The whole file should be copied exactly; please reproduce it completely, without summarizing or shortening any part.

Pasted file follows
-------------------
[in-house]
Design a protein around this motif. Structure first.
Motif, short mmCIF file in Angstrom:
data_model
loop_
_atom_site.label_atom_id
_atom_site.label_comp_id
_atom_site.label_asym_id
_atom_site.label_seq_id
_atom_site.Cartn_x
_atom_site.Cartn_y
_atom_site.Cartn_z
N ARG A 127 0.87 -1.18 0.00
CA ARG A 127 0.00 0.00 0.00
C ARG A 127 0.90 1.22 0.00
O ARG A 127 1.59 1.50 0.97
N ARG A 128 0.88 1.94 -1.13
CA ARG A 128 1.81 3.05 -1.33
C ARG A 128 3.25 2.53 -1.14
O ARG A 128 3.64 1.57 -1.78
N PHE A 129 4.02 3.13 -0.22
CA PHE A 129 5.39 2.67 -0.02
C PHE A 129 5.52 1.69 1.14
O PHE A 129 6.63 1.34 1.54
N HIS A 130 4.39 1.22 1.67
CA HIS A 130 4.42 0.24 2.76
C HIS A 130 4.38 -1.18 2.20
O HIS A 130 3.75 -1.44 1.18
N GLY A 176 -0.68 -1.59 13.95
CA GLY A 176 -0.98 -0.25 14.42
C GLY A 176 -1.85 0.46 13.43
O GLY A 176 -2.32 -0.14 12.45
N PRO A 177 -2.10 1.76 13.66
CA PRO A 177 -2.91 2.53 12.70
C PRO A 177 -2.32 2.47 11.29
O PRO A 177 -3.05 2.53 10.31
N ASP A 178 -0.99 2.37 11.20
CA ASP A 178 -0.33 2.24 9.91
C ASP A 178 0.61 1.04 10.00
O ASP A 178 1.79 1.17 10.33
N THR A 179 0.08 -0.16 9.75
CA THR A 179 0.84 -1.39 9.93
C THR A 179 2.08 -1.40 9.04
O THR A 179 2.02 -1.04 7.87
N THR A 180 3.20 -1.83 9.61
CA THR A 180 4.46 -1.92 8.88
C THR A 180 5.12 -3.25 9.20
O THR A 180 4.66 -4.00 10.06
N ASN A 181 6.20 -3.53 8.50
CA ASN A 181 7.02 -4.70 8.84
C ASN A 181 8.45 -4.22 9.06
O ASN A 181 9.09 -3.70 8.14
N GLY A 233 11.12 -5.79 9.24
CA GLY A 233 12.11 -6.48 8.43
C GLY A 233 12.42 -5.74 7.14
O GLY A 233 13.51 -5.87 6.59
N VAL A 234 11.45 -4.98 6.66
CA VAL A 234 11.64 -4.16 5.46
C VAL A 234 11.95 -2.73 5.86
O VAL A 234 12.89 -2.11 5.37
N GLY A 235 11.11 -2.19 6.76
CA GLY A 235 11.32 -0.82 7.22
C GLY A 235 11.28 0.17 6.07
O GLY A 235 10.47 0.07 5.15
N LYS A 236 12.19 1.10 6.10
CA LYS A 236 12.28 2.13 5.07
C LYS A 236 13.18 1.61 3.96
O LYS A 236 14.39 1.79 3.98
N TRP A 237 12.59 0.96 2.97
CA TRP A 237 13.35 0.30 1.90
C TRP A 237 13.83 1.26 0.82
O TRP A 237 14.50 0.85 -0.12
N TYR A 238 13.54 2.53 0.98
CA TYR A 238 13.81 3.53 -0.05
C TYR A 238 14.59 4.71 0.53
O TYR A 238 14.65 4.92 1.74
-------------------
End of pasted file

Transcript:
[in-house]
Design a protein around this motif. Structure first.
Motif, short mmCIF file in Angstrom:
data_model
loop_
_atom_site.label_atom_id
_atom_site.label_comp_id
_atom_site.label_asym_id
_atom_site.label_seq_id
_atom_site.Cartn_x
_atom_site.Cartn_y
_atom_site.Cartn_z
N ARG A 127 0.87 -1.18 0.00
CA ARG A 127 0.00 0.00 0.00
C ARG A 127 0.90 1.22 0.00
O ARG A 127 1.59 1.50 0.97
N ARG A 128 0.88 1.94 -1.13
CA ARG A 128 1.81 3.05 -1.33
C ARG A 128 3.25 2.53 -1.14
O ARG A 128 3.64 1.57 -1.78
N PHE A 129 4.02 3.13 -0.22
CA PHE A 129 5.39 2.67 -0.02
C PHE A 129 5.52 1.69 1.14
O PHE A 129 6.63 1.34 1.54
N HIS A 130 4.39 1.22 1.67
CA HIS A 130 4.42 0.24 2.76
C HIS A 130 4.38 -1.18 2.20
O HIS A 130 3.75 -1.44 1.18
N GLY A 176 -0.68 -1.59 13.95
CA GLY A 176 -0.98 -0.25 14.42
C GLY A 176 -1.85 0.46 13.43
O GLY A 176 -2.32 -0.14 12.45
N PRO A 177 -2.10 1.76 13.66
CA PRO A 177 -2.91 2.53 12.70
C PRO A 177 -2.32 2.47 11.29
O PRO A 177 -3.05 2.53 10.31
N ASP A 178 -0.99 2.37 11.20
CA ASP A 178 -0.33 2.24 9.91
C ASP A 178 0.61 1.04 10.00
O ASP A 178 1.79 1.17 10.33
N THR A 179 0.08 -0.16 9.75
CA THR A 179 0.84 -1.39 9.93
C THR A 179 2.08 -1.40 9.04
O THR A 179 2.02 -1.04 7.87
N THR A 180 3.20 -1.83 9.61
CA THR A 180 4.46 -1.92 8.88
C THR A 180 5.12 -3.25 9.20
O THR A 180 4.66 -4.00 10.06
N ASN A 181 6.20 -3.53 8.50
CA ASN A 181 7.02 -4.70 8.84
C ASN A 181 8.45 -4.22 9.06
O ASN A 181 9.09 -3.70 8.14
N GLY A 233 11.12 -5.79 9.24
CA GLY A 233 12.11 -6.48 8.43
C GLY A 233 12.42 -5.74 7.14
O GLY A 233 13.51 -5.87 6.59
N VAL A 234 11.45 -4.98 6.66
CA VAL A 234 11.64 -4.16 5.46
C VAL A 234 11.95 -2.73 5.86
O VAL A 234 12.89 -2.11 5.37
N GLY A 235 11.11 -2.19 6.76
CA GLY A 235 11.32 -0.82 7.22
C GLY A 235 11.28 0.17 6.07
O GLY A 235 10.47 0.07 5.15
N LYS A 236 12.19 1.10 6.10
CA LYS A 236 12.28 2.13 5.07
C LYS A 236 13.18 1.61 3.96
O LYS A 236 14.39 1.79 3.98
N TRP A 237 12.59 0.96 2.97
CA TRP A 237 13.35 0.30 1.90
C TRP A 237 13.83 1.26 0.82
O TRP A 237 14.50 0.85 -0.12
N TYR A 238 13.54 2.53 0.98
CA TYR A 238 13.81 3.53 -0.05
C TYR A 238 14.59 4.71 0.53
O TYR A 238 14.65 4.92 1.74